UPDATE: Conrad Murray's four-year sentence will automatically be reduced to two years under California law, a spokesman for the Los Angeles County Sheriff's Department tells a CBS affiliate.
Murray will, however, be required to serve the entire two years of his halved sentence, minus the 47 days he has already served. Murray will also serve his sentence in a county jail as opposed to the state prison sentence as result of the recent prison realignment law, known as AB109.
Tuesday, Nov. 29: A California judge on Tuesday sentenced Conrad Murray to four years behind bars for his role in the death of pop legend Michael Jackson.
Murray was found guilty earlier this month of involuntary manslaughter in connection with Jackson's overdose death. The prosecution had requested the maximum four year sentence, while the defense had argued for Murray to be put on probation.
"Dr. Murray created a set of circumstances and became involved in a cycle of horrible medicine," Judge Michael Pastor said. "The practice of propofol for medicine madness, which violated his sworn obligation, for money, fame prestige and whatever else may have occurred."
Murray will also be required to pay restitution to Jackson's estate and family, although the exact amount will be determined at a later restitution hearing.
Jackson's family did not speak at Tuesday's sentencing, but in a statement to the court read by their lawyer, they said that they lost their "father, best friend, and playmate" when the pop star died in 2009. They stressed they were not seeking "revenge" but nevertheless asked the judge to impose a stiff sentence.
Monday, Nov. 7: A Los Angeles jury on Monday found Michael Jackson’s doctor, Conrad Murray, guilty of involuntary manslaughter in connection with the pop superstar's 2009 death.
The jury returned the guilty verdict Monday shortly after 1 p.m. local time, finding Murray criminally negligent in his use of a powerful surgical anesthetic, propofol, to treat Jackson's insomnia and finding that it significantly contributed to his death.
Murray now faces a sentence ranging anywhere from probation to four years in state prison. He will be sentenced on Tuesday, Nov. 29.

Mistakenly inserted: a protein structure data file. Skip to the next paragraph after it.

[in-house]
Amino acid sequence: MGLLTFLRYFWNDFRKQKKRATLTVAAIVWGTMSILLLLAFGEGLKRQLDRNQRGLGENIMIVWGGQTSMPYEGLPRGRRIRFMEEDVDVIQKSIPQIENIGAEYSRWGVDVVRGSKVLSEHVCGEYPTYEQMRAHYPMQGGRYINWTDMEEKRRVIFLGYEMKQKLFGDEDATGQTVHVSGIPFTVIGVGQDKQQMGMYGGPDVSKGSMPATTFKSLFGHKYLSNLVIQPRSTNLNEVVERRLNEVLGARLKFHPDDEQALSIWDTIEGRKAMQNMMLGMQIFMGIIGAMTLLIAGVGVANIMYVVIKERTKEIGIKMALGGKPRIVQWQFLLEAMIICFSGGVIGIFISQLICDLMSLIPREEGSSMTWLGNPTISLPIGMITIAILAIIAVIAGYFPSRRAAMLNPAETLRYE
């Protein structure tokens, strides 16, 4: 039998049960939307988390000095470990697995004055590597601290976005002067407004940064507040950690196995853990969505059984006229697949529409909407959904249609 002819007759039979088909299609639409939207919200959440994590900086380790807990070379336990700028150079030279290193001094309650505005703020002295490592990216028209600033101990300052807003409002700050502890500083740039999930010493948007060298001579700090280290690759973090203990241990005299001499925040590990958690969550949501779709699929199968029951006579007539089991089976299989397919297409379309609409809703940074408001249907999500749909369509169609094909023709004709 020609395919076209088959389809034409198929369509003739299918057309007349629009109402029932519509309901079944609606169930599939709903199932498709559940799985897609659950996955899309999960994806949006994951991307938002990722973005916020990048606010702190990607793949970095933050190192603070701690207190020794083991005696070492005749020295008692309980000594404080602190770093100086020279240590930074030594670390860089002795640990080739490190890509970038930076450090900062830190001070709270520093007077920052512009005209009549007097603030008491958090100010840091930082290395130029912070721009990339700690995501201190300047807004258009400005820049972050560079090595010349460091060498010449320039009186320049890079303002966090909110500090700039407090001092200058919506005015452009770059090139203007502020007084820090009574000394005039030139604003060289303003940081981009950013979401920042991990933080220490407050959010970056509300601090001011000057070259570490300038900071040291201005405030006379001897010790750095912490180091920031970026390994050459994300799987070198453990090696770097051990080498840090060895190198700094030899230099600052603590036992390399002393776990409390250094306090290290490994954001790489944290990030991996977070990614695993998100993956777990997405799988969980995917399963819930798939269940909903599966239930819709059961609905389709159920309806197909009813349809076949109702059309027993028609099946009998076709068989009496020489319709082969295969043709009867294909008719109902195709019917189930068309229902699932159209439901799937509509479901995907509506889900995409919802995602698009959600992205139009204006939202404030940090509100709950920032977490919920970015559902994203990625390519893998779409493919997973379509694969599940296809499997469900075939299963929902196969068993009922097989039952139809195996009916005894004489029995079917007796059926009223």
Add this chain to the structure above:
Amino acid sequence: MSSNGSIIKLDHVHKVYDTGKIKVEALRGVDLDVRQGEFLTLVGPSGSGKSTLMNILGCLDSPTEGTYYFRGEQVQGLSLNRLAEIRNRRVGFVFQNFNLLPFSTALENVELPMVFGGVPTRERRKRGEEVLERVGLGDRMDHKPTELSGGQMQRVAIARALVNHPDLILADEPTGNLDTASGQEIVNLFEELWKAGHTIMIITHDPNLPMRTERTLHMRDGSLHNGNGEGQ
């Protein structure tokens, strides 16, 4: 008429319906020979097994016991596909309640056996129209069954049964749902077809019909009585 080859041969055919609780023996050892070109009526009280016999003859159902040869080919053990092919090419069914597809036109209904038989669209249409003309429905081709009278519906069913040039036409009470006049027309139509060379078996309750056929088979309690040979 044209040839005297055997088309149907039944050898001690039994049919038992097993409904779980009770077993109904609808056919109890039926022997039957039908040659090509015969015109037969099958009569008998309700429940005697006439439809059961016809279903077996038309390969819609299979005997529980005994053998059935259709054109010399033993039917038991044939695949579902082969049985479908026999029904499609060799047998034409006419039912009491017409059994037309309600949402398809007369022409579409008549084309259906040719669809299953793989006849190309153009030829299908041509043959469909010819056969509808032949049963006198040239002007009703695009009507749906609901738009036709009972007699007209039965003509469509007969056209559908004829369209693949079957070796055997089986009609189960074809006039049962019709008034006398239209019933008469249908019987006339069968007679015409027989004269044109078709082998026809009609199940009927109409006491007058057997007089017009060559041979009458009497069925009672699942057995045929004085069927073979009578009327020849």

The jury returned the guilty verdict after roughly ten hours of deliberations spread over two days. The trial included nearly six weeks of testimony, including from 33 witnesses called by the prosecution and 16 by the defense. More than 340 exhibits were available in the jury room as the panel mulled its verdict, USA Today reports.
CNN reports that one witness that never took the stand was Dr. Arnold Klein, who Murray's defense team argued got Jackson addicted to the painkiller Demerol in the final months of his life. Murray did not know about that addiction, according to his lawyers, who contend that it had fatal complications.
Klein's testimony was deemed irrelevant by the court since the painkiller was not found in Jackson's body by the coroner, who ruled that Jackson's death was the direct result of acute propofol intoxication in combination with two sedatives.
The prosecution, meanwhile, argued that Murray should have never used the hospital-grade drug in Jackson's home without the necessary monitoring and resuscitation equipment. They also said that Murry acted negligently in waiting 20 minutes before calling 911 and failing to tell the first responders that propofol had been administered to Jackson.
The scene outside the Los Angeles County courthouse was a chaotic one, and the Jackson supporters who had gathered nearby to learn Murray's fate could be heard within the chamber cheering the verdict shortly after it was handed down.
The Los Angeles Times reports that hordes of reporters were squeezed in among a crowd that had gathered to learn Murray's fate. In the hours before the verdict was read, police moved to split the crowed into their respective camps: Jackson fans and Murray supporters.